It might seem rather odd for a young man who is dying to calm and even glad as he dies; however, All Quiet on the Western Front, by Erich Remarque, depicts the many tragedies and kinds of deaths that can happen, even to young people, during a war. Paul's death does seem to be an apt way to end this novel.
Paul Baumer is only nineteen years old when he joins the war, and he sees and experiences horrific losses. It does not take Paul or his classmates long to learn firsthand that war turns young people into "old folk." Though he is in the midst of many other soldiers, Paul often feels “terribly alone” and is angry about the death, loss, and waste happening all around him.
Even when he is free to go on leave, Paul is not happy and there is nothing that can change that. Paul and his generation enlisted in the war at the patriotic urging of the adults in their lives; after being disillusioned by the realities of war, these young soldiers have nothing for which to hope. More importantly, they left for the war as boys and came home as men; they do not have a comfortable place in society when they return to it. Paul says, “We have become a wasteland."
While the older generations have romanticized the war and have no idea how horrific war can be, these young men know there is nothing heroic about starving, about body parts flying during an attack, or about wounds that will never heal. The extolled glories of war which compelled these boys to enlist never really existed.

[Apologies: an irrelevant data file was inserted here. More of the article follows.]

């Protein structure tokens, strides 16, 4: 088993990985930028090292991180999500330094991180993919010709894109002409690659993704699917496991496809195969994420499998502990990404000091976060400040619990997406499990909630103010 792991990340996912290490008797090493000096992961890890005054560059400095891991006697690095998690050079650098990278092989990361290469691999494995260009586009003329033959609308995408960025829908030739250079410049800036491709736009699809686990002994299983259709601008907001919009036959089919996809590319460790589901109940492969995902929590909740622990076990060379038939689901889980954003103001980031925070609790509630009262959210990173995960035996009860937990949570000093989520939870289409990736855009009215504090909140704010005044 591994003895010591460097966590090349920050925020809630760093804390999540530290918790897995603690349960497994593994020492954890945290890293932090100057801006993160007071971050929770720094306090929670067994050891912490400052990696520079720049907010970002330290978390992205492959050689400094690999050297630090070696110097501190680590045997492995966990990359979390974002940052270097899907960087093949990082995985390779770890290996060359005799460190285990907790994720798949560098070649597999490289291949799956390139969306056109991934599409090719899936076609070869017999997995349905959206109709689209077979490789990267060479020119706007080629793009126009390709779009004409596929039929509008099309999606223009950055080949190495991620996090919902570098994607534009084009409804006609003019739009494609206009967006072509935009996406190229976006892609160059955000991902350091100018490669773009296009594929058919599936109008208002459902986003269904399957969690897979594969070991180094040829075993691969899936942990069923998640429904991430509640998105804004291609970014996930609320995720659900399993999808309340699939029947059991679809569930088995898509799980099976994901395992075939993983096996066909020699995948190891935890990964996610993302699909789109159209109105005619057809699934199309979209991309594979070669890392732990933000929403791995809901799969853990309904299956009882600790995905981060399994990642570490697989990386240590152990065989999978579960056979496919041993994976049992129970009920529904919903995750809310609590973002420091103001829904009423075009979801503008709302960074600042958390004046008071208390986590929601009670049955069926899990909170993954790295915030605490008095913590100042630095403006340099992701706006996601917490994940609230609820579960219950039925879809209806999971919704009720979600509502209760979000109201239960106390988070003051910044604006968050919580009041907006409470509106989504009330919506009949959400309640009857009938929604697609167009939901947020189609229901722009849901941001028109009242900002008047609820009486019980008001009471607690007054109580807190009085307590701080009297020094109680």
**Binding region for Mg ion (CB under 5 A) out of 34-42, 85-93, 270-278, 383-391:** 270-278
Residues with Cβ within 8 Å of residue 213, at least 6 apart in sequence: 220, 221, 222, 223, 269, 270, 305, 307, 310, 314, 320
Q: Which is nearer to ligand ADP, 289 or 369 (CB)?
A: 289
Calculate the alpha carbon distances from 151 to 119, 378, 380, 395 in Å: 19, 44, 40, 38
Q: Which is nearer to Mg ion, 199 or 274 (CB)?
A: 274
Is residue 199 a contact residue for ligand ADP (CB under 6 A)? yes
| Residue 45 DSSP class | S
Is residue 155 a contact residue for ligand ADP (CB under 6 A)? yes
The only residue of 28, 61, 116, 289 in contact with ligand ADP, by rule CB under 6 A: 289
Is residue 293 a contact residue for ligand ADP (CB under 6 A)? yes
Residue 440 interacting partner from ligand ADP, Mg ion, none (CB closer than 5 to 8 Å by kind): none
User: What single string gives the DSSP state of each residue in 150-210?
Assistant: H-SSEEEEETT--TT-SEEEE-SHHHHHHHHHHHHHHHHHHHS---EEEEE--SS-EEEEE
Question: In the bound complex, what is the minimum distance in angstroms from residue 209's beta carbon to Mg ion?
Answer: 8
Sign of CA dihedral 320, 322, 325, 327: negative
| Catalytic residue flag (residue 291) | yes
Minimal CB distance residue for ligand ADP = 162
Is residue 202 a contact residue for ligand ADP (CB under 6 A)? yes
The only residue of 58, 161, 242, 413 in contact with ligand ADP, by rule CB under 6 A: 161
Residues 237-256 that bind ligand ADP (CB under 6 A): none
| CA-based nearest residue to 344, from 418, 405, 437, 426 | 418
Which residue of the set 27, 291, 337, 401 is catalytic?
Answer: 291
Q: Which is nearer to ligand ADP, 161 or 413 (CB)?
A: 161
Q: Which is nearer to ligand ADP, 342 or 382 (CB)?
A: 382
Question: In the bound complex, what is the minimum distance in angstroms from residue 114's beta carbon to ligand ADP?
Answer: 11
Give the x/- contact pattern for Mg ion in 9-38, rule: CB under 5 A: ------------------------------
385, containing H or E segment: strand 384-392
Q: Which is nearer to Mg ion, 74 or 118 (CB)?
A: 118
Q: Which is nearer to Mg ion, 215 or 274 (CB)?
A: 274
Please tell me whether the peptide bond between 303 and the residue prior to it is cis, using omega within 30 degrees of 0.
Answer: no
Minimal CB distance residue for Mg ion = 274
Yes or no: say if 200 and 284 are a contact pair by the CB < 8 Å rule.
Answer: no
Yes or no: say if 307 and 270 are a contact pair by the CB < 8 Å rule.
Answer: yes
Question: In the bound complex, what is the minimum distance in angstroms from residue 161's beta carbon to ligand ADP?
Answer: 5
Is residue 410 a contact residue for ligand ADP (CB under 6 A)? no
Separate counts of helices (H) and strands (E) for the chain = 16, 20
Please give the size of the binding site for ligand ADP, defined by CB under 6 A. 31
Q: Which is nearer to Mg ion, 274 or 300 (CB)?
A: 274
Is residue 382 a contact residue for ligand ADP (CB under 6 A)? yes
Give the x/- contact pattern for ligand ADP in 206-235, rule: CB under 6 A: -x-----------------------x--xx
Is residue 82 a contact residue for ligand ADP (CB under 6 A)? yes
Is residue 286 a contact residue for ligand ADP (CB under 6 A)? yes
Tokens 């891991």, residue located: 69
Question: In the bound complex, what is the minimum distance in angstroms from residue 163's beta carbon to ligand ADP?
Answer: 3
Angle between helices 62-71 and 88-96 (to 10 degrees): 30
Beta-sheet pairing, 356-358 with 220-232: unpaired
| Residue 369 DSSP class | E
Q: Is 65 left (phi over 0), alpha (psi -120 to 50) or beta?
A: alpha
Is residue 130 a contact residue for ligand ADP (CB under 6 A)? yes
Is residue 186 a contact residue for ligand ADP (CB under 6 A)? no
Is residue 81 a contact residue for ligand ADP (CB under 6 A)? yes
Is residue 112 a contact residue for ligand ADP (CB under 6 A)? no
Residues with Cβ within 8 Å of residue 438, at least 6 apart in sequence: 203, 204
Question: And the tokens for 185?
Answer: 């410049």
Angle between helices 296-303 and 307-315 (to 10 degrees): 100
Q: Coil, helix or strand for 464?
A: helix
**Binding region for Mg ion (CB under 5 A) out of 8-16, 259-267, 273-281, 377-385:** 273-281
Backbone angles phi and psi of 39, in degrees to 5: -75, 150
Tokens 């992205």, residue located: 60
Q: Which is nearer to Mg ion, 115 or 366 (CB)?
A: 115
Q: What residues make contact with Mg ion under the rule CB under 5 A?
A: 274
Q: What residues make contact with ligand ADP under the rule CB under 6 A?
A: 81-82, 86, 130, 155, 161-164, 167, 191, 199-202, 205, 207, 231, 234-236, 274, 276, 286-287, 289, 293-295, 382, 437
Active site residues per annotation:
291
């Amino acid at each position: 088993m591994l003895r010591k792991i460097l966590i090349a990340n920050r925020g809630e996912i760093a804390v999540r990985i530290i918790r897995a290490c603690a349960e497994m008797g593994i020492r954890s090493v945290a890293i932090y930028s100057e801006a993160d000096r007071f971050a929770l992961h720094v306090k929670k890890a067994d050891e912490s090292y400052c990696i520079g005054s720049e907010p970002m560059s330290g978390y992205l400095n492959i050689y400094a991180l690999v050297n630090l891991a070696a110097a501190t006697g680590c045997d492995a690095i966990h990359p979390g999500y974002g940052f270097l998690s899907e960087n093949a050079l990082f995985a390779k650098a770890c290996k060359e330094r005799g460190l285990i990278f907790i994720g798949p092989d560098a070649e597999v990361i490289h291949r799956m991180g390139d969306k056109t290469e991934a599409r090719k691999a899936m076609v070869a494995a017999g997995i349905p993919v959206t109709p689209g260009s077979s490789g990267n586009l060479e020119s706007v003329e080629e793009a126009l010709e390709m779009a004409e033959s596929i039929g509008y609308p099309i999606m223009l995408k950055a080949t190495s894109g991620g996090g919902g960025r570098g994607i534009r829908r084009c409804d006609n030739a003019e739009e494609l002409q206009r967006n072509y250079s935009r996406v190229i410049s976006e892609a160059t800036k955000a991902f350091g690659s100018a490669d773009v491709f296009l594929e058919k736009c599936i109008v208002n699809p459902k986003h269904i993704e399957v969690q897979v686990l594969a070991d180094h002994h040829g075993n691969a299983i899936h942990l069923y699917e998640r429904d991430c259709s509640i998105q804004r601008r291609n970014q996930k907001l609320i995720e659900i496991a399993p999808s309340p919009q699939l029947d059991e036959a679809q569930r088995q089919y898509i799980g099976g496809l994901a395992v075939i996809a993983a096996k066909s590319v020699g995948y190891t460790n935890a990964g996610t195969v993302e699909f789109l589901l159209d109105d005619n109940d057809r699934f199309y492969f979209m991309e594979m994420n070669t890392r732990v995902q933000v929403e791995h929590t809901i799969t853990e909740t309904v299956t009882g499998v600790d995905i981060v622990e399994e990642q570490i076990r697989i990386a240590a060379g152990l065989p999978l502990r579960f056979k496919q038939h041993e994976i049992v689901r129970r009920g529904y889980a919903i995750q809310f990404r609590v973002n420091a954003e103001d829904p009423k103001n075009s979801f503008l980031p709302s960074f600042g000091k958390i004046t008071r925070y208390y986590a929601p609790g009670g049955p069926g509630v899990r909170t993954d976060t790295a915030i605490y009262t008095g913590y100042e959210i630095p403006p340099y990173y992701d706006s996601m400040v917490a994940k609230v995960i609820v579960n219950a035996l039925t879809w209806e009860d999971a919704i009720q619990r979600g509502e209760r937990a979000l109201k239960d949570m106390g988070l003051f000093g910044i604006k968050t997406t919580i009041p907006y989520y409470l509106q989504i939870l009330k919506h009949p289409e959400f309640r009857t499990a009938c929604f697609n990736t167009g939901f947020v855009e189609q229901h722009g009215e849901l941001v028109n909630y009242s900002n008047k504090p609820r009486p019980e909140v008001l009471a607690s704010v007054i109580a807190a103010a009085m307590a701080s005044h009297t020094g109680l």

By the end of the novel, the war rages on but Paul is the only one of the seven classmates (who enlisted together) who has survived. Though he is hungry for many things after being deprived of his young adulthood as well as the deprivations of war, Paul has no aspirations. There is nothing he really wants to do or be, even if he had the opportunity to do or be something.
In the final chapter of the novel, Paul is home on leave, despondent because of these things but also glad simply to be alive. The rumors of an end to the fighting continue but are meaningless, and he knows he will be going back to the front soon. When Paul dies while sitting on a park bench, the narrator says "his face had an expression of calm, as though almost glad the end had come." Given his sense of hopelessness, his lack of purpose, his loneliness, and his disillusionment, dying undoubtedly seemed like a better option to Paul than living. He was therefore "calm" and "glad" when death came for him.